Planning, design, contractor liaison pushing ahead to expedite hospital

Concept designs of the Ambulatory Services Centre for outpatient clinics and day surgery. Images...
Concept designs of the Ambulatory Services Centre for outpatient clinics and day surgery. Images are artists’ impressions only. IMAGES: SUPPLIED
The third and final article by Pete Hodgson, chairman of the Southern Partnership Group, which is overseeing the construction of the new Dunedin hospital, outlines what is happening now with the development. Any views expressed are his own.When will we see and hear any demolition? Where is the noise and all the traffic delay?

Just what is going on right now? The answer is, mostly, design. The second stage of design, concept design, is drawing to a close. We hope to make the results public in the next few weeks. We will all then be able to see the rough outline of the new hospital; how big each building is, where the ambulances come and go, how the two buildings will be bridged, where roughly to find radiography or cardiology, the interfaith facilities or the cafe.

The third stage of design, which is somewhat disconcertingly called preliminary design, is getting under way now. The outpatient building is being fast-tracked to give early relief to our existing hospital. Therefore, preliminary design is scheduled to finish next February for the outpatients building, but not until November 2020 for the inpatients building. The last two phases of design are called developed design and detailed design. The architects and health planners have now all been hired, as have all the engineers, and the design manager.

As design progresses, many hospital staff and members of the public are engaged through a series of consultative working groups. There is a continuous cycle of meetings, which have already been under way for a couple of years and which will persist.

Long before design is finished, the construction phase can begin. The demolition strategy is complete, and the demolition contract is being tendered now. Demolition will begin in about four months. It will probably take the best part of a year to complete.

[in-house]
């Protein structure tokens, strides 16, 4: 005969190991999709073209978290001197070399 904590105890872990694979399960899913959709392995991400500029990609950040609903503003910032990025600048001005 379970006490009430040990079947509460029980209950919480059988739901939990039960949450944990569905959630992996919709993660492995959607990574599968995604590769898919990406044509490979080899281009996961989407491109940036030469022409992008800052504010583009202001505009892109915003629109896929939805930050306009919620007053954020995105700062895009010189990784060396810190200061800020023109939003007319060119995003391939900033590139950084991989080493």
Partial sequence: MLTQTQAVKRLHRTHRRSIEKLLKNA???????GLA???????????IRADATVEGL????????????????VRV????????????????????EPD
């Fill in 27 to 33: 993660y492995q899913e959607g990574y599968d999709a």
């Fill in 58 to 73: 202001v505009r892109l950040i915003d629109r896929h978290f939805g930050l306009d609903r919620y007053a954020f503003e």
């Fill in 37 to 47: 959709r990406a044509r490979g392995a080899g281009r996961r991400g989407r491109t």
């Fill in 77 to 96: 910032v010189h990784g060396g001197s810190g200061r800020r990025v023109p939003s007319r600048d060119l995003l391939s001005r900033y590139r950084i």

However, we may also need to allow a few more months to decontaminate and seal the area: there is about 150 years of industrial history under the site and it is entirely possible that we will come across something nasty.

Preparation of the outpatients building site will take priority. Demolition of Wilsons car park area and the surrounding buildings should be relatively quick, maybe four months. We should have completed decontamination and site preparation about 12 months from now.

All of this presupposes that the necessary land acquisition, consent preparation, consent application and consent approval can occur without too much trouble. So far, we have purchased about three-quarters of the land. The heritage assessment of both sites is complete. We continue to receive consistent advice that it is impractical to retain the Cadbury facades. However, we have been asked to save the dairy building at the south end of the site and are committed to doing so. We will lodge our demolition consent application in a few weeks.

Other things are happening too. We are finalising the large detailed business case [DBC] for Cabinet to consider about March. That is the point when we get our final approval to proceed. We could have lodged the DBC earlier, but we decided to wait until we had a higher level of detail. For example, we lacked knowledge about the preparedness of the Australasian construction industry to build such a large facility in a small city. So, we held two meetings in Dunedin, and one in Sydney, to engage with the market players large and small. We followed that up with many one-on-one meetings with potential contractors and sub-contractors. The results are encouraging; it looks like there will be multiple companies interested in bidding when the time comes.

Almost all industry feedback was that early contractor engagement with architects and engineers would be valuable for all parties, which means we will probably go to tender for the main contracts earlier than we had planned. There are many different contracting strategies, and very soon we will need to determine which to use. The brutal context is that we want a good price but we also want no-one going bust halfway through.

One example of how that might work in practice is that the Crown might assume any risk on underground works. After all, no-one has any control over what may be discovered below the surface, even though we are currently drilling more holes to try to find out. If the Crown forces the contractor to take the risk on an unknown such as ground conditions, then logically that risk will be priced into the job. If the Crown takes the risk, the contractor will offer a sharper price, and the Crown then in effect self-insures across its infrastructure portfolio.

A bigger challenge is finding the labour to build the hospital. Here the contracting industry can help if we engage them earlier. The reason is that it is illogical for a company to greatly expand training unless they know they have a lot of work arriving. There are other ways to increase training anyway, but earlier contracting would make it easier.

Finally, the project management office has just opened. It is on Castle St, just south of the central fire station and it will become the centre of the project for many years to come. With a bit of luck, we will soon be able to make part of it accessible to the public.

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